Session Type: Abstract Session
Session Time: 4:00PM-5:30PM
Background/Purpose: Urinary albumin:creatinine ratio (UACR) is an important biomarker of active glomerulonephritis, a common complication of antineutrophil cytoplasmic autoantibody (ANCA)-associated vasculitis (AAV). In most glomerular diseases, high UACR levels and low estimated glomerular filtration rate are associated with the long-term risk of end-stage kidney disease, cardiovascular disease, and death (Levey AS et al, N Engl J Med 2022).In the double-dummy, double-blind, controlled ADVOCATE Phase 3 trial (Jayne DRW et al, N Engl J Med 2021), patients were randomized to receive avacopan, an oral C5a receptor (C5aR) antagonist that blocks C5a-mediated neutrophil activation and migration, or a prednisone taper. All patients received background immunosuppression with either cyclophosphamide followed by azathioprine, or rituximab. Primary endpoints were remission at week 26 and sustained remission at week 52. Prespecified secondary endpoints included the evaluation of kidney function. The effect of avacopan on UACR in patients with AAV is described.
Methods: This post hoc analysis compared the time to achieve the maximum mean difference in percent change in UACR from baseline between the avacopan and prednisone taper groups using Kaplan-Meier survival analysis. Change in UACR from baseline was a prespecified secondary endpoint but was not adjusted for multiplicity. This analysis included patients from the ADVOCATE trial with kidney involvement (based on the Birmingham Vasculitis Activity Score) and a UACR of at least 10 mg/g at baseline.
Results: The baseline geometric mean UACR mg/g (range) in the avacopan group (n=125) and the prednisone taper group (n=128) was 433 (20 to 6461) and 312 (11 to 5367), respectively. A statistically significant UACR reduction (based on least-square means) in the avacopan group compared to the prednisone taper group occurred as early as week 2 (-25% vs. 6%, p=0.0068, difference between groups: -29%, 95% confidence interval (CI) [-45%, -9%]). UACR continued to decrease at week 4 to the maximum difference between the two groups (-40% vs. 0%, p< 0.0001, difference between groups: -40%, 95% CI [-53%, -22%]) (Figure 1). UACR was comparable between the two groups by week 13 (-55% vs. -49%, p=0.3028, difference between groups: -12%, 95% CI [-32%, 13%]). During the 52-week treatment period, 84% (105/125) of patients in the avacopan group achieved a 40% UACR reduction from baseline within a median time of 29 days (95% CI [29, 88]), compared to 83% (106/128) of patients in the prednisone taper group within a median time of 92 days (95% CI [91, 180]) (logrank p=0.0450) (Figure 2). There was an overall mean improvement in estimated glomerular filtration rate (eGFR) of 7.6 mL/min/1.73 m2 in the avacopan group and 4.6 mL/min/1.73 m2 in the prednisone taper group at week 52.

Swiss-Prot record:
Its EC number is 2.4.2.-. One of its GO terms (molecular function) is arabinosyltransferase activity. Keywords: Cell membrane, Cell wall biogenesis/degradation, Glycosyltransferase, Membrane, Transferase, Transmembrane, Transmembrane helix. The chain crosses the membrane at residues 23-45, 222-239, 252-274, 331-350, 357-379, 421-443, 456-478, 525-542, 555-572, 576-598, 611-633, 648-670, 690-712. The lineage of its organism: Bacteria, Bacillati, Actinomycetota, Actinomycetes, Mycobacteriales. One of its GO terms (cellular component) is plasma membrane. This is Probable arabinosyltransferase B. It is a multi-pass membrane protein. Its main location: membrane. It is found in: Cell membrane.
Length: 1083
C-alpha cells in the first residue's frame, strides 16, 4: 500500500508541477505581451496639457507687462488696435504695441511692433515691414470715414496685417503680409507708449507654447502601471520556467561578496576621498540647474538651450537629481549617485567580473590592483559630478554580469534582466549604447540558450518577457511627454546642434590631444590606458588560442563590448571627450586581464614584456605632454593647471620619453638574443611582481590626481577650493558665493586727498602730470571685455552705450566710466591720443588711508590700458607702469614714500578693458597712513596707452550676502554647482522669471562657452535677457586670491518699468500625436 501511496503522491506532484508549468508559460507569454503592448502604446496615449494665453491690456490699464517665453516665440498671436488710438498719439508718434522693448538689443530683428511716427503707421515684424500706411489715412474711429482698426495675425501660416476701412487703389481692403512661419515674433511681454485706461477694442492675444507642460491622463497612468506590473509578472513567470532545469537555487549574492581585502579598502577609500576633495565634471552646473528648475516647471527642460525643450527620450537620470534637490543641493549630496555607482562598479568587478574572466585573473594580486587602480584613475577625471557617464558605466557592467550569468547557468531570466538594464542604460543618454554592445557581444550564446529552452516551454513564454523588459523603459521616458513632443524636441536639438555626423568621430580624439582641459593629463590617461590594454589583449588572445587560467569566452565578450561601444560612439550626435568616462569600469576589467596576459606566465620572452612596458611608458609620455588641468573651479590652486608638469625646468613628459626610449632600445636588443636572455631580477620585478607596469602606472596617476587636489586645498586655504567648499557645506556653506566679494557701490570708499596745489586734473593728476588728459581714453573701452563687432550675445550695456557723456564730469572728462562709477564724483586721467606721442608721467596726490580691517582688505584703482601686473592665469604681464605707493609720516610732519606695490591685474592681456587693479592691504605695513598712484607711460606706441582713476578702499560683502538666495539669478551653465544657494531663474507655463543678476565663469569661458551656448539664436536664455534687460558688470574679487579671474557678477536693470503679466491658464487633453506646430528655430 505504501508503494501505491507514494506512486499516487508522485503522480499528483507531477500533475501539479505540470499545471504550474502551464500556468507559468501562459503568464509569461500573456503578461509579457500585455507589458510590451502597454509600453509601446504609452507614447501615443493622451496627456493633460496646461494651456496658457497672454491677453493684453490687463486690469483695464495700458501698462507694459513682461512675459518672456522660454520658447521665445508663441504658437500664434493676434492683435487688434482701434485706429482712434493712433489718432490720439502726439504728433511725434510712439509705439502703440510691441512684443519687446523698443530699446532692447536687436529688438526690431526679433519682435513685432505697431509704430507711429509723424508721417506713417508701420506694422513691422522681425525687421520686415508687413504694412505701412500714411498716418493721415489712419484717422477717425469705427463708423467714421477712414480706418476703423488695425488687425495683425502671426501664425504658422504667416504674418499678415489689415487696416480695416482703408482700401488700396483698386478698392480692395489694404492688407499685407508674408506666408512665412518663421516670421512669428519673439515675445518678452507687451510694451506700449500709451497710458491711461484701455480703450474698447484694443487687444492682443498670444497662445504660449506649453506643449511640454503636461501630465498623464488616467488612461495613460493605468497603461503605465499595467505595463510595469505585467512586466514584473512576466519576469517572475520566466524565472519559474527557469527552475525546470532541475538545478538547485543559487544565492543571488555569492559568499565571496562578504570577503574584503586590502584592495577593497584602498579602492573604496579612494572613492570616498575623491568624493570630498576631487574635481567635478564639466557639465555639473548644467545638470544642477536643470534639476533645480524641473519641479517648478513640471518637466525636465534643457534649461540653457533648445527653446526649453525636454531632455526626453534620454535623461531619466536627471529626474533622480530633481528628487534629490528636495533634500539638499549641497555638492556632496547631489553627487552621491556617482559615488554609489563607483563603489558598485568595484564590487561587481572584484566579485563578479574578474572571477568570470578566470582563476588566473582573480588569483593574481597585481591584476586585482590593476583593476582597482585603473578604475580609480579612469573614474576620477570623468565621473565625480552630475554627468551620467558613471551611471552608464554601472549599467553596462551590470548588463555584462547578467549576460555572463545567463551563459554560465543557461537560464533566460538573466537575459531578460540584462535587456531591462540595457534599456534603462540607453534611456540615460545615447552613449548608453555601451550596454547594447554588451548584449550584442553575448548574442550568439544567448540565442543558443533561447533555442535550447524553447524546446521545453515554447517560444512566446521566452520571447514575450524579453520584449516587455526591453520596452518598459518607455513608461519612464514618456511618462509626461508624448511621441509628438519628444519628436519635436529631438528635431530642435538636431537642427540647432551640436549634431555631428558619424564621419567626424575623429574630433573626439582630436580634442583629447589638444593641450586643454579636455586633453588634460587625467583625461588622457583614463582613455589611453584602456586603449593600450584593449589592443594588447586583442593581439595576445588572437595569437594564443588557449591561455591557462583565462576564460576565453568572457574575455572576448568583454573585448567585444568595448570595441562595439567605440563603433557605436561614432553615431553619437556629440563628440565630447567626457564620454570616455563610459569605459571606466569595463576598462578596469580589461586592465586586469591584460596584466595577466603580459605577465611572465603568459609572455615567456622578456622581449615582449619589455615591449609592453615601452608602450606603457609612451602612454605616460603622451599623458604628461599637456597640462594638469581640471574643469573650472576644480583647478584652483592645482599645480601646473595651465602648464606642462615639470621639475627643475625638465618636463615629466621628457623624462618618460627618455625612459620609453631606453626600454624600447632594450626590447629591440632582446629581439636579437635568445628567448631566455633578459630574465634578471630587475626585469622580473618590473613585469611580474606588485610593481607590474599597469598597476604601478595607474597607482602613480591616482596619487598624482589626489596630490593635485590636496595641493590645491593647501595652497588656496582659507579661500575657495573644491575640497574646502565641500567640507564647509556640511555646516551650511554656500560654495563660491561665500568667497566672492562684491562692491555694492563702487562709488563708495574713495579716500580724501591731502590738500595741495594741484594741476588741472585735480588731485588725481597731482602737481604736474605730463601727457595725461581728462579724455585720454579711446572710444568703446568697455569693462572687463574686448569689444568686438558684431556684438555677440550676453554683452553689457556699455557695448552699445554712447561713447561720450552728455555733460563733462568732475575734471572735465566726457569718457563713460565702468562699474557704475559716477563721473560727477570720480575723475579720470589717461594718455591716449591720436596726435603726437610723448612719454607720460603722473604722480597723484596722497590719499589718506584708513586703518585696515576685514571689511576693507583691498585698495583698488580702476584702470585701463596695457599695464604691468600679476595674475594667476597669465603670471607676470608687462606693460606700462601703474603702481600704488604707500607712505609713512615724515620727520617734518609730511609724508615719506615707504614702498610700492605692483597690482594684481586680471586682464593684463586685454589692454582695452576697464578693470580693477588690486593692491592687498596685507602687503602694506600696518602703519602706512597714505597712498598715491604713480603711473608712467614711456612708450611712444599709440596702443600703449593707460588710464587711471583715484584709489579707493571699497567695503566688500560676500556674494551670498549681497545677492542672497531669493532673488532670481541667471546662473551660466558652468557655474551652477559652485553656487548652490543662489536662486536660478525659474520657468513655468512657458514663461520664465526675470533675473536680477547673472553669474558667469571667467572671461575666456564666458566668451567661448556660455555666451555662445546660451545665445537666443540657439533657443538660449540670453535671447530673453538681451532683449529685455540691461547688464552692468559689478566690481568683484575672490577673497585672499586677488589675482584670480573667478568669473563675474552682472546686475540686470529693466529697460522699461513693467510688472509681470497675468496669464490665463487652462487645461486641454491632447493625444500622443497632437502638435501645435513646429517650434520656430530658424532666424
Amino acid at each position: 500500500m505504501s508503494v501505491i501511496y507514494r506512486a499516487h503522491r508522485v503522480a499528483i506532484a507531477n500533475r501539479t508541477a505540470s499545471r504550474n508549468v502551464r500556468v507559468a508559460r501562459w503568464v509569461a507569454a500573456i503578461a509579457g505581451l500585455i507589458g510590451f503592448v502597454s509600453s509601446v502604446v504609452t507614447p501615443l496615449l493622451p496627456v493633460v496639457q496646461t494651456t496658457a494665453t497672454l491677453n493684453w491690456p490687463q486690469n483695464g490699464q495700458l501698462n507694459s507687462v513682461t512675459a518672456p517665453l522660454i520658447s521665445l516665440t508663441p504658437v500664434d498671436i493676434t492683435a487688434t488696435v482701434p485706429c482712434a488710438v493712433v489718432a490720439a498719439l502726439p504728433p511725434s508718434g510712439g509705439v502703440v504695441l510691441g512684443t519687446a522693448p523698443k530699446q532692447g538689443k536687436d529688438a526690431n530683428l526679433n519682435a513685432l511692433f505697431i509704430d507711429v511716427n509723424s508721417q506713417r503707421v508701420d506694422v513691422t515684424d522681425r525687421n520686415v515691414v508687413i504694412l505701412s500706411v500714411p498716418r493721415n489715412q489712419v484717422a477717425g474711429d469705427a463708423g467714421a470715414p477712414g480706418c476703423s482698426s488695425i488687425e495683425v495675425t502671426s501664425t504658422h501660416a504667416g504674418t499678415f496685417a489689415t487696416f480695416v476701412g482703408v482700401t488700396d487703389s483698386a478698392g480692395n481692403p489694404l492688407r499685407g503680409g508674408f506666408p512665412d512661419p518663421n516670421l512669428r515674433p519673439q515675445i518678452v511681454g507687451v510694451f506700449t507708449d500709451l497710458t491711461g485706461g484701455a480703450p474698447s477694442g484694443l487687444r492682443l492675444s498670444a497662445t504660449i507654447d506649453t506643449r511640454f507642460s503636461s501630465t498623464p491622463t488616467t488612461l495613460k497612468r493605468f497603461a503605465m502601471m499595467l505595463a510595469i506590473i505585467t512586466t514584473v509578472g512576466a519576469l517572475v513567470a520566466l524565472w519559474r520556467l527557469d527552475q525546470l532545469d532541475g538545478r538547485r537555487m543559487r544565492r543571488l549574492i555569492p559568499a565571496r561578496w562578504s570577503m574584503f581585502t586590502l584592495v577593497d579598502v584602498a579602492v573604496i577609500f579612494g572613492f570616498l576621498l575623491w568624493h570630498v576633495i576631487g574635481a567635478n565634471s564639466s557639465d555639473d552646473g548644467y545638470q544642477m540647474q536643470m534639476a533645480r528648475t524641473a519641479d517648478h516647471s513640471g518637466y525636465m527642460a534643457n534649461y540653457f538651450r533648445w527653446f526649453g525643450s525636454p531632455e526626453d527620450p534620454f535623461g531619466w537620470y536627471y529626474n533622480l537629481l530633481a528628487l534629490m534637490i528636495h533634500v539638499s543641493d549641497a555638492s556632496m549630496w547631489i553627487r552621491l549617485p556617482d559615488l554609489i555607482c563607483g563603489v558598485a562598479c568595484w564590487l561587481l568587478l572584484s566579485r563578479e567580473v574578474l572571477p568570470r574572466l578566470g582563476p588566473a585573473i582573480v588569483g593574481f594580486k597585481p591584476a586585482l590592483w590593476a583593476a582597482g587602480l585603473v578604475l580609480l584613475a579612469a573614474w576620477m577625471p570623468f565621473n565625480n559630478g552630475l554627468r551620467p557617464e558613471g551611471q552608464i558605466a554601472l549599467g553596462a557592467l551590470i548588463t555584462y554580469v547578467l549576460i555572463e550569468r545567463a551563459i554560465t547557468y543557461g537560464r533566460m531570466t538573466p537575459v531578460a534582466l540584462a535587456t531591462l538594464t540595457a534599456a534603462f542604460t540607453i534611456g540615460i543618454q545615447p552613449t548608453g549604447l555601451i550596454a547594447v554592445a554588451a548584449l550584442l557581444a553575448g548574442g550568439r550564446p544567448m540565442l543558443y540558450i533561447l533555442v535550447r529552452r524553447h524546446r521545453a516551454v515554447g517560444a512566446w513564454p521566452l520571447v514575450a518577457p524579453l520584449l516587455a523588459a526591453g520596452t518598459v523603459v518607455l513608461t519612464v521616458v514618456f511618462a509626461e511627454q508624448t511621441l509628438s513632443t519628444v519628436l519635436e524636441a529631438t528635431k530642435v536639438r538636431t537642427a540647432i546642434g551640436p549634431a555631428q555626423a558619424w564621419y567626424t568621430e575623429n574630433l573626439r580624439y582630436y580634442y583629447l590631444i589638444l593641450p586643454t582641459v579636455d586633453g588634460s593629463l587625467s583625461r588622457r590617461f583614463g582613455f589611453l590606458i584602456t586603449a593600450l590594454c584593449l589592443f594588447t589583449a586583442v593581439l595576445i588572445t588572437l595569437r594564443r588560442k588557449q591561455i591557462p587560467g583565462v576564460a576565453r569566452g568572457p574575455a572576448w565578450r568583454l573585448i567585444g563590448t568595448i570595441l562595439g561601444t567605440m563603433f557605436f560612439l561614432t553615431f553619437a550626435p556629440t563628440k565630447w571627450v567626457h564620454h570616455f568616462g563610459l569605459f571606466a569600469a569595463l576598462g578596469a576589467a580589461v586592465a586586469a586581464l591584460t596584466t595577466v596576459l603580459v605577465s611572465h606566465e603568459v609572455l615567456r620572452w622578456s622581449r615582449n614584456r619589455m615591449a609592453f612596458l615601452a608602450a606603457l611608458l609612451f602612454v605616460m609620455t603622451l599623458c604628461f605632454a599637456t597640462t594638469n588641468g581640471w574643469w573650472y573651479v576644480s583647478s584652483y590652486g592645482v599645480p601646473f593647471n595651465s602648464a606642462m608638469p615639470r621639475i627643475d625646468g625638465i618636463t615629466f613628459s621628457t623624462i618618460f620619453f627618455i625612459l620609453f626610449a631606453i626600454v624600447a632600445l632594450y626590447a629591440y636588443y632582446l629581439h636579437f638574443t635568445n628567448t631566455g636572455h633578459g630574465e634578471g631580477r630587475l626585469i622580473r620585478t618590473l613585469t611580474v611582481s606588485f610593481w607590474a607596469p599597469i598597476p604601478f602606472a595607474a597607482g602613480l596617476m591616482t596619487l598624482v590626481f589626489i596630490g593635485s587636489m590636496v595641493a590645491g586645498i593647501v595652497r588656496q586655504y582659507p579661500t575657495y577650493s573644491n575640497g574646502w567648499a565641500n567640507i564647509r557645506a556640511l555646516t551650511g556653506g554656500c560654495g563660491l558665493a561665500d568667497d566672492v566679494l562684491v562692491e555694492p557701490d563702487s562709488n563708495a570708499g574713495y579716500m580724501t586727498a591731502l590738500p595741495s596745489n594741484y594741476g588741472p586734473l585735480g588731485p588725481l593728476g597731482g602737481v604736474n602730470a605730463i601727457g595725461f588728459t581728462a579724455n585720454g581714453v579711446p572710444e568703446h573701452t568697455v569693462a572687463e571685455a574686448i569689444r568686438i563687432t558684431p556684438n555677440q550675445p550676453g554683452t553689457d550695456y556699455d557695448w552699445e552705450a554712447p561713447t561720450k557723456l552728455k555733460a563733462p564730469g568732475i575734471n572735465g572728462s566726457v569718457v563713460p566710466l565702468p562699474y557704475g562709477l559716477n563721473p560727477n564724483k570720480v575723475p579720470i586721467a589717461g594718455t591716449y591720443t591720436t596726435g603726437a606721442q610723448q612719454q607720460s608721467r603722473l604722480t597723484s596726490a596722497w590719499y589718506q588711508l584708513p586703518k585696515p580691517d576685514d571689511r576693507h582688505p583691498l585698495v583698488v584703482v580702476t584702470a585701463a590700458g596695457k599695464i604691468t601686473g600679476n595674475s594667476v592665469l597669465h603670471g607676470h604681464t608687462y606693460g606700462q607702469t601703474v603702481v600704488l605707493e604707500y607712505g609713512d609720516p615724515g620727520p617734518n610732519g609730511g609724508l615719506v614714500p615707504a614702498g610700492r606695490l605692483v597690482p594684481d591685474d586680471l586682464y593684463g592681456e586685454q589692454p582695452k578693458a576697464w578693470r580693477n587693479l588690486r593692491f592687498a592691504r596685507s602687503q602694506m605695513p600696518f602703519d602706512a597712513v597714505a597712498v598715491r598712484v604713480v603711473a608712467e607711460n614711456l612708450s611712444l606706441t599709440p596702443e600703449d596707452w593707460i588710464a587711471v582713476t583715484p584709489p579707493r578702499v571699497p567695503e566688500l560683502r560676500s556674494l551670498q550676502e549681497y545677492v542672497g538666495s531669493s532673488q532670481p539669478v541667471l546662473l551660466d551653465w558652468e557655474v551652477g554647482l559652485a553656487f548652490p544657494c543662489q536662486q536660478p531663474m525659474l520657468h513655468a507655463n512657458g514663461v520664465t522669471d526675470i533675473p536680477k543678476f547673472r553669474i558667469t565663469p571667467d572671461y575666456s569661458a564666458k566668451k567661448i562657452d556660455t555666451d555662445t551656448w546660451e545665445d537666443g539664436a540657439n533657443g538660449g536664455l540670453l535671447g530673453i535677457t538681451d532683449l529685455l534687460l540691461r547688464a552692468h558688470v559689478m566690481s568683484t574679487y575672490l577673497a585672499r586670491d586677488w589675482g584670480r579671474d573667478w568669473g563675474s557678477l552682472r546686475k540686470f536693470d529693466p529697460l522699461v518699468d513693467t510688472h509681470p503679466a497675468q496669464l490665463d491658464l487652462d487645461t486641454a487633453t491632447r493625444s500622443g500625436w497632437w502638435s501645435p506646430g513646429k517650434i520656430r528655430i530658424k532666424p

Conclusion: In the ADVOCATE trial, UACR, an important early indicator of improving kidney function, improved three times faster in the avacopan group compared to the prednisone taper group. The rapid reduction in UACR seen in patients with AAV receiving avacopan suggests more rapid control of glomerular inflammation which may have contributed to the observed subsequent improvement in eGFR.
To cite this abstract in AMA style:Geetha D, Cortazar F, Karras a, Bruchfeld A, Yue H, Merkel P, Jayne D. Change in Albuminuria in Patients with ANCA-Associated Vasculitis Treated with Avacopan [abstract]. Arthritis Rheumatol. 2023; 75 (suppl 9). https://acrabstracts.org/abstract/change-in-albuminuria-in-patients-with-anca-associated-vasculitis-treated-with-avacopan/. Accessed .
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